Rev. Pinkney is “Banned” – Like in the Old South Africa
Rev. Pinkney is "Banned" - Like in the Old South Africa
A Black Agenda Radio commentary by Glen Ford
"He is banned from
exercising any of his political rights."
As the United States prepares to indulge in a ritual of
self-congratulation on its miraculous journey to race-neutrality, we need only
look to southwest Michigan to find the old America shuffling along as if the
national transformation never happened. Rev. Edward Pinkney, from the mostly
Black town of Benton Harbor, would like to tell you what race relations in the
so-called "heartland" are really like, but his lipped are sealed by court
order. A Black man's freedom of speech is not a right in Benton Harbor - in
fact, it's a criminal offense, for which one can be sentenced to three-to-ten
years in prison.
The persecution of Rev. Pinkney exposes both the grand and
petty aspects of 21st Century American racism.
Benton Harbor has the misfortune of being situated in a sea
of white folks who have managed to remain untouched by the Obama phenomenon. The
Whirlpool Corporation, which dominates the political and economic life of the
region, decided that a golf course would be the best use for 22 acres of local
parkland. Under Rev. Pinkney's leadership, Benton Harbor's impoverished Blacks
sought redress of this and other grievances through the electoral process -
resulting in Rev. Pinkney's conviction by an all-white jury on charges of vote
tampering. He was sentenced to a year in prison and five years probation.
"A Black man's freedom
of speech is not a right in Benton Harbor - it's a criminal offense."
When the Reverend expressed his political opinion in a
newspaper piece, prophesying that God would "curse" the judge unless he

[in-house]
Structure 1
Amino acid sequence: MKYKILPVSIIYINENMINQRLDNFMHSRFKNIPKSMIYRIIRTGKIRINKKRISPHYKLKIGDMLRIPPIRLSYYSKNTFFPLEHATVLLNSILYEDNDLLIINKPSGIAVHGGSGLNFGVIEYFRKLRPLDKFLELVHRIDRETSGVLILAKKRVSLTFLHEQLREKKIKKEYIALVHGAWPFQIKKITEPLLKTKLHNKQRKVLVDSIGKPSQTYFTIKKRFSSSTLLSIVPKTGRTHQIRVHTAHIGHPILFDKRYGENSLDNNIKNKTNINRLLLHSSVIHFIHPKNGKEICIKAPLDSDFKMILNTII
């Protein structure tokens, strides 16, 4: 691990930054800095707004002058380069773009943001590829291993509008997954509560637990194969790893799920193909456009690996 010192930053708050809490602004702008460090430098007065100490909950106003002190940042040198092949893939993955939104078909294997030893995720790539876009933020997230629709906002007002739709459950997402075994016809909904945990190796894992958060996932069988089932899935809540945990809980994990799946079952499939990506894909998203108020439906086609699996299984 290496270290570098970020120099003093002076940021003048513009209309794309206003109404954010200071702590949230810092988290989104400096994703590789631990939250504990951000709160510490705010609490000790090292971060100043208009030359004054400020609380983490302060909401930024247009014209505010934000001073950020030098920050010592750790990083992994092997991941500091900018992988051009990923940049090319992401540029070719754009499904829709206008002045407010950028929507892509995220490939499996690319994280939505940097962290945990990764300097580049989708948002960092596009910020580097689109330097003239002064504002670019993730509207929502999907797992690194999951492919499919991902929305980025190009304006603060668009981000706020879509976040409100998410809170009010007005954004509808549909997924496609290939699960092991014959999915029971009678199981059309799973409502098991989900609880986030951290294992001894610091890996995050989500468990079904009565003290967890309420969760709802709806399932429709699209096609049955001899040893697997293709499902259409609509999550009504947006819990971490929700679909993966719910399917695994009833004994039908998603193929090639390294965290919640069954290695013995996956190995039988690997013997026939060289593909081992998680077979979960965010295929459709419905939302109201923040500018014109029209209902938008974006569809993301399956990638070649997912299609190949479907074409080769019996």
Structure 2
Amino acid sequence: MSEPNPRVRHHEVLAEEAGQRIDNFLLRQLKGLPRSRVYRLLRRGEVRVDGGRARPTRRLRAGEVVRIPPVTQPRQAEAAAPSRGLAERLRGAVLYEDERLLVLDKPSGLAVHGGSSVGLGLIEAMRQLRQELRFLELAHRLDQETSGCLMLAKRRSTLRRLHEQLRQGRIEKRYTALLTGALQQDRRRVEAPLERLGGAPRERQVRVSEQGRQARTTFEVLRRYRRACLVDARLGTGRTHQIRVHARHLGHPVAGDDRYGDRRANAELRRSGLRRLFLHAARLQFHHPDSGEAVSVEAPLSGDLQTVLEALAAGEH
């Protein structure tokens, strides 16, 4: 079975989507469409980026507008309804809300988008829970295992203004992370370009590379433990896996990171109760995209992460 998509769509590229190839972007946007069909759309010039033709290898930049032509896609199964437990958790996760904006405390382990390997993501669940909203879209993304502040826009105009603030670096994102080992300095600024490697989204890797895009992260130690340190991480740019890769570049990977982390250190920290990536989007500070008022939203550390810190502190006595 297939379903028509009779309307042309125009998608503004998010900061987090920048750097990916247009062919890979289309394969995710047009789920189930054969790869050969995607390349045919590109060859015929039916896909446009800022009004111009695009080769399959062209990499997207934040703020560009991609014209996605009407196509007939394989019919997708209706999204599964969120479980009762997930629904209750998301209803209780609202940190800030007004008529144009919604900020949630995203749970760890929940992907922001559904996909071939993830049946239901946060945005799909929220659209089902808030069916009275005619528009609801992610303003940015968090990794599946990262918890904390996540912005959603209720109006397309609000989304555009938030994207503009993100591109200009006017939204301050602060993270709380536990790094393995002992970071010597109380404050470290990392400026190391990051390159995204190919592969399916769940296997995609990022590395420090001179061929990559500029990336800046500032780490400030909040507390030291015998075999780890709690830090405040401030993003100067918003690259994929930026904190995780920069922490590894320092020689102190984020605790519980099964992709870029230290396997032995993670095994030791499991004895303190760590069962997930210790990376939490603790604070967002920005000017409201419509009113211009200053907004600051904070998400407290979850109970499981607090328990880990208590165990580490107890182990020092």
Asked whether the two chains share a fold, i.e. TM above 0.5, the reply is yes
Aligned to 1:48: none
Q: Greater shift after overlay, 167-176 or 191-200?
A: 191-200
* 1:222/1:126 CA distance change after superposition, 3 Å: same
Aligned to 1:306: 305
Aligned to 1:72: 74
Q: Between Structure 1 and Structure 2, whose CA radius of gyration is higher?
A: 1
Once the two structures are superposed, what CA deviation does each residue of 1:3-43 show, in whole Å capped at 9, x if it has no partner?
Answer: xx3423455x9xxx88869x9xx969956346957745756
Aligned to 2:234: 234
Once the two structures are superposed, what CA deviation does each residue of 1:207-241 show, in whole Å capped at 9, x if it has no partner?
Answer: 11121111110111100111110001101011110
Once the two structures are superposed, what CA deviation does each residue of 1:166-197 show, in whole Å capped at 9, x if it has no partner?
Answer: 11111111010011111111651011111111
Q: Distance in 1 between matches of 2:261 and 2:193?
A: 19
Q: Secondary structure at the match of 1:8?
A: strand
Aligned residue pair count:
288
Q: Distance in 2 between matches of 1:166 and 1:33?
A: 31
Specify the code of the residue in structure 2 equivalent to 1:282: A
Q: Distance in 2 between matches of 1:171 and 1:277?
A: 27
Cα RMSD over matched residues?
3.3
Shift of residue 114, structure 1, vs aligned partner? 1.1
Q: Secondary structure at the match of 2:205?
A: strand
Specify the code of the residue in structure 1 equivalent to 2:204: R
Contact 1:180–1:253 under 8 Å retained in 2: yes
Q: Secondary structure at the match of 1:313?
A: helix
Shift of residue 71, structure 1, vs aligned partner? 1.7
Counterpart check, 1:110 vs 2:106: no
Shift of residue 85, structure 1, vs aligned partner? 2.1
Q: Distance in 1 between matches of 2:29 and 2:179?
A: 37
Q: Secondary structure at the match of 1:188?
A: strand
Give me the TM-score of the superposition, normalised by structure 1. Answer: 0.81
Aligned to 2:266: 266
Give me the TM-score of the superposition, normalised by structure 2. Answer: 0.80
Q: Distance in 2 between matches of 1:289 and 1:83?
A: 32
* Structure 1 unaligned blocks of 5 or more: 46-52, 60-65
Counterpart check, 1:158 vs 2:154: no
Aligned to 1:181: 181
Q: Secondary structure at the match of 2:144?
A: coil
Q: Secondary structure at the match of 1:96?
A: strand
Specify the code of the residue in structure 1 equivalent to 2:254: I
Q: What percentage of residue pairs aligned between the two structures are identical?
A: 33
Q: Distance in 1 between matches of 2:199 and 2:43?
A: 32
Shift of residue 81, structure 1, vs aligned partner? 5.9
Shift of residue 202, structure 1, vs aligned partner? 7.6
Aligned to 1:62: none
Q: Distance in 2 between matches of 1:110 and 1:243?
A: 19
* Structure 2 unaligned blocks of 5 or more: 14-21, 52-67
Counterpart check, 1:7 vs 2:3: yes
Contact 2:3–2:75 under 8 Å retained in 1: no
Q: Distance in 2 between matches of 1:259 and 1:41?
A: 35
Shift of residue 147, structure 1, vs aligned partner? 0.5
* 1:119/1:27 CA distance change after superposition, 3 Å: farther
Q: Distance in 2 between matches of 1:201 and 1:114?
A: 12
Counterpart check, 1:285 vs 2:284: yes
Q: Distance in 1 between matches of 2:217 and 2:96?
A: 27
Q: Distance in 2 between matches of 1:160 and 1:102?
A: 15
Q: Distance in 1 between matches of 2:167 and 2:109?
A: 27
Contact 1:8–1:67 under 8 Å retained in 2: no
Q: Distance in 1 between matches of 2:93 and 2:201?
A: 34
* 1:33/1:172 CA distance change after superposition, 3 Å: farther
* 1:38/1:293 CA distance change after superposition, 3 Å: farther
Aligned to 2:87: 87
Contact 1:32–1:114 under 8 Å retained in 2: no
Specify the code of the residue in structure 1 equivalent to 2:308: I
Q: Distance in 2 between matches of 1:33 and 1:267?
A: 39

"hearkened unto the voice of the Lord thy God to observe and to do all that is
right,' the judge went ballistic. He revoked Rev. Pinkney's bail - "the first
time in modern history that a preacher has been imprisoned for predicting what
God might do," according the ACLU.
Just before Christmas, the Michigan Court of Appeals
allowed Rev. Pinkney to be released on bail, a victory that is credited to
massive public expressions of support for the Reverend's liberationist
ministry. But Rev. Pinkney is by no means a free man. Under the terms of his
bail, he cannot use a cell phone or a pager, is barred from public speaking or
preaching, cannot use a credit card, is prohibited from saying anything that
might be considered defamatory about the racist judge who sentenced him, and is
under a 24-hour curfew. If, for some reason, Rev. Pinkney is ordered back to
prison, he has every reason to believe that his life will be in danger.
So we see that southwest Michigan is not very different
than southwest Georgia. Corporate domination in Benton Harbor meshes quite
nicely with your garden variety white racism that sentences Black men to prison
for the simple exercise of their fundamental constitutional rights. Benton
Harbor embodies the full-spectrum racism - from corporate headquarters to
county courthouse - that is actually the norm in the United States.
Rev. Pinkney is no longer imprisoned, but is instead
subjected to the same kinds of restrictions that were called "banning" in
white-ruled South Africa. He is banned from exercising any of his political
rights. The newfound American rhetoric of race neutrality seeks validation
through endless repetition - but it's still a lie.
For Black Agenda Radio, I'm Glen Ford.
We are informed that Rev. Pinkney would like very much
to be contacted. Reach out to the brother at: firstname.lastname@example.org
or call him at 269.925.0001. As you can imagine, he's near the phone.
BAR executive editor Glen Ford can be contacted at Glen.Ford@BlackAgendaReport.com.